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Swansea Bay welcomes first overseas midwife

Swansea Bay’s first overseas midwife has been given a warm welcome by her patients and colleagues since arriving at Singleton Hospital.

Abigail Peprah (pictured) originally qualified in her home country of Ghana but decided on a new career in Swansea.

Originally she had no plans to move to the UK or even to become a midwife. But she had a change of mind when her sister had a baby and she saw for herself what being a midwife involved.

“It was all lovely and the midwives cared for her very well,” she recalled.

In 2016, Abigail, then aged 20, started midwifery training as a student in Ghana. This was a three-year diploma course which involved classroom studies, working on the ward and domiciliary placements.

She graduated in 2019, achieving her Registered Midwifery Certificate from the Nursing and Midwifery Council of Ghana.

Ghana has a National Service Scheme for registered nurses and midwives, among other professions. This required Abigail to work in Ghanaian hospitals for two years, which she did from 2019-2021.

After this Abigail had to decide where to go next in order to progress her career. “I wanted to further my knowledge and gain experience in technological advancements within midwifery,” she said.

Abigail decided on the UK. But before she could work there, she had to complete an Occupational English Test (OET). She took the OET in Poland as it was her nearest test centre with this exam availability. OET's are designed to assess people working in healthcare on their English language capability.

“It was a long process to get here, lots of exams and long hours of learning,” she said.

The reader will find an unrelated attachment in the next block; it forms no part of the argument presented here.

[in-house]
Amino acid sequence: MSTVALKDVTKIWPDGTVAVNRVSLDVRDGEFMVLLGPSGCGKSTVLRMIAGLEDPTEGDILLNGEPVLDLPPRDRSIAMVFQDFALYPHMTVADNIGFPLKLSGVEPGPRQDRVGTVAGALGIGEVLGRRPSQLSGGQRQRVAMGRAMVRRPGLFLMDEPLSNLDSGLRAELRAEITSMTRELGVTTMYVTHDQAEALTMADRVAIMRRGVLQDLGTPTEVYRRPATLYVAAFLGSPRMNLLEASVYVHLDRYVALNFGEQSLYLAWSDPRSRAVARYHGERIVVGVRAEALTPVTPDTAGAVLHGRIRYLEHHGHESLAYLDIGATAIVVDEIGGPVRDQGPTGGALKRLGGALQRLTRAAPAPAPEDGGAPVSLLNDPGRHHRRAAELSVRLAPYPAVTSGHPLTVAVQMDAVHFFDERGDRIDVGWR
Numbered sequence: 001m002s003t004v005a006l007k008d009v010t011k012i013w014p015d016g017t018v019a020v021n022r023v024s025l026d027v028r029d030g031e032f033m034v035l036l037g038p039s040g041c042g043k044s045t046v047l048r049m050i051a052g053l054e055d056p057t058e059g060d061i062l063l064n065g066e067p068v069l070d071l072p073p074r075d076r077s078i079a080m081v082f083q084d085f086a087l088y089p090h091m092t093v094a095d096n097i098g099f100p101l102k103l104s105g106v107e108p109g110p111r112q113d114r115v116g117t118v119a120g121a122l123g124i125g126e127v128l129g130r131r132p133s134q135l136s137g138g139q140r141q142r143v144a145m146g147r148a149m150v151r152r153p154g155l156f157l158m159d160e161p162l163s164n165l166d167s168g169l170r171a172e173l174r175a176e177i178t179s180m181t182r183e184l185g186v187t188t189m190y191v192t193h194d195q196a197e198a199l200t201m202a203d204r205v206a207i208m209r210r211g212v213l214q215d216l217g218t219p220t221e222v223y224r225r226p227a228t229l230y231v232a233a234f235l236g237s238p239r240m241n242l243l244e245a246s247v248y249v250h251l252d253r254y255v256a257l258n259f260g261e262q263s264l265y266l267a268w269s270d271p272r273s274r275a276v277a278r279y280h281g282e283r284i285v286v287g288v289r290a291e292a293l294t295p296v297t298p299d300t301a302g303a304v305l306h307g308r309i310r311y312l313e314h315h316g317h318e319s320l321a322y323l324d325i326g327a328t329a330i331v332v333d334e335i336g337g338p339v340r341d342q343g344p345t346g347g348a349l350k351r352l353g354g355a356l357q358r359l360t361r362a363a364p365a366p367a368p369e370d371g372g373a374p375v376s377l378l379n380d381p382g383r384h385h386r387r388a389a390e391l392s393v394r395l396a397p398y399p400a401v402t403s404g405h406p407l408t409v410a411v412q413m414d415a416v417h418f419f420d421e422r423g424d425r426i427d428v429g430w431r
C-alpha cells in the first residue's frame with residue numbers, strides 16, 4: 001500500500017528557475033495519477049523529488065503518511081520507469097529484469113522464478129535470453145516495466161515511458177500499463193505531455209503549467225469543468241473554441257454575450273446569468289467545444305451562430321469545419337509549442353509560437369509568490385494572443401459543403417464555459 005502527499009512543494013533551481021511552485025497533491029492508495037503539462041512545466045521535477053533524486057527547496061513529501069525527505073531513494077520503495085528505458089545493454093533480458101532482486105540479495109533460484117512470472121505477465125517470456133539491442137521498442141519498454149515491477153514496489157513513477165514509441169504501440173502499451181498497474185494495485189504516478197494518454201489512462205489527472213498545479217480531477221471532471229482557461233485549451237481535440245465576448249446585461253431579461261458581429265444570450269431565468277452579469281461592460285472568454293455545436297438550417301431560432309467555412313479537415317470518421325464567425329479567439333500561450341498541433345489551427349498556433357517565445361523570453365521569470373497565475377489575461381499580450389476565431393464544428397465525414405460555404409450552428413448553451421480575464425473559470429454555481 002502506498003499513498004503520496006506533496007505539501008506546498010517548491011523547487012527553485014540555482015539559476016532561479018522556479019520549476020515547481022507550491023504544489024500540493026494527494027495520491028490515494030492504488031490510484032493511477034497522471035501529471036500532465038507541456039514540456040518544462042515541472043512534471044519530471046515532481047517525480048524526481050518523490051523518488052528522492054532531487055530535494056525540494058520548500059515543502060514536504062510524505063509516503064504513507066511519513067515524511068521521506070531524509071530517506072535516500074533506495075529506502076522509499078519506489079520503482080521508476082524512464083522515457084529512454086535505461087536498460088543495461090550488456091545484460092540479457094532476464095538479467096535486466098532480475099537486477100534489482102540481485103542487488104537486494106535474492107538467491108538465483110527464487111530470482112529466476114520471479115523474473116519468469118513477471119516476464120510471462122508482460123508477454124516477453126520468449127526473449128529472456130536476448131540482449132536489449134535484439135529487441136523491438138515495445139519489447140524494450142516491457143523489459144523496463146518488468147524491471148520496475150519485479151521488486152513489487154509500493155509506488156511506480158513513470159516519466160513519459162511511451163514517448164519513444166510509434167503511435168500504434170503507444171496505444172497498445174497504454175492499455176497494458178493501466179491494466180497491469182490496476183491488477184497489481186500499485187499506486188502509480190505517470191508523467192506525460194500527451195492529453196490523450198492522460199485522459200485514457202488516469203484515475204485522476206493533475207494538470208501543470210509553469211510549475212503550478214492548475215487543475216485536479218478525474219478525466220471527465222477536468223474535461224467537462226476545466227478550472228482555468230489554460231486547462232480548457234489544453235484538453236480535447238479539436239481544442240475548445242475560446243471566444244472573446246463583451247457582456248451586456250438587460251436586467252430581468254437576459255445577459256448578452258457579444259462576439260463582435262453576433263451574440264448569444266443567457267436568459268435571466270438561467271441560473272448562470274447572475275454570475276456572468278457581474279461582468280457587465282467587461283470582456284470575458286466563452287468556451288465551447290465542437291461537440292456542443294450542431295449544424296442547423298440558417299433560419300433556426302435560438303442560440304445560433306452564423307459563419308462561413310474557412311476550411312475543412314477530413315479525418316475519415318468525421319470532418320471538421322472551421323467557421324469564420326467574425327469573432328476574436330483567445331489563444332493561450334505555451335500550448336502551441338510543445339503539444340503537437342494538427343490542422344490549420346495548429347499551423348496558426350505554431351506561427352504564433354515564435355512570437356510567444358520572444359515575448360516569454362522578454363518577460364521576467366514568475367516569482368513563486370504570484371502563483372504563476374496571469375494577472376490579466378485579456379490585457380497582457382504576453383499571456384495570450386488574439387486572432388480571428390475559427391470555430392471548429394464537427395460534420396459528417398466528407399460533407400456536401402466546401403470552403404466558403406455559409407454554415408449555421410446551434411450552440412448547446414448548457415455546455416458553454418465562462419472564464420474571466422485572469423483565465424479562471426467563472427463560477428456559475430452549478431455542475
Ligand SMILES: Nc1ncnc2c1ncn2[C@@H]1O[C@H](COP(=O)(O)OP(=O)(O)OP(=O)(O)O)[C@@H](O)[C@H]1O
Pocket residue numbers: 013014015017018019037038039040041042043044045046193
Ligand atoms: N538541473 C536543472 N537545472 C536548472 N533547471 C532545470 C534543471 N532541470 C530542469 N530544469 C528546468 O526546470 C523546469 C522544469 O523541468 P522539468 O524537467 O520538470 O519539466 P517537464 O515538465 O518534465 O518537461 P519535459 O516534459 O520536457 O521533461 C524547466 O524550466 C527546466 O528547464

After arriving in the UK last year, Abigail passed the Objective Structured Clinical Examination, a practical exam which tests clinical and communication skills.

After completing all her exams, Abigail was able to pick her location of choice for midwifery work. Out of the options she was given, Croydon or Swansea, she chose the latter.

“I did not want to live in a big city and wanted to be somewhere with fewer interruptions,” she explained.

“To me, I feel like I would be safe here in Swansea and it is a quieter place to live.

“The beach was another big deciding factor.”

Abigail arrived in Swansea last July and now works as a midwife on the labour ward in Singleton.

“Everyone has been super nice and welcoming to me. I appreciate all of their hard work to help me settle in,” she said.

“My colleagues have been very supportive, putting me on the systems and making sure I know how they work.

“There are lots of work habits to get used to as I’ve found working in both countries really different.

“The parents are lovely as well. I know that labour is not a nice thing to go through, but I have not encountered a patient who wasn’t nice.”

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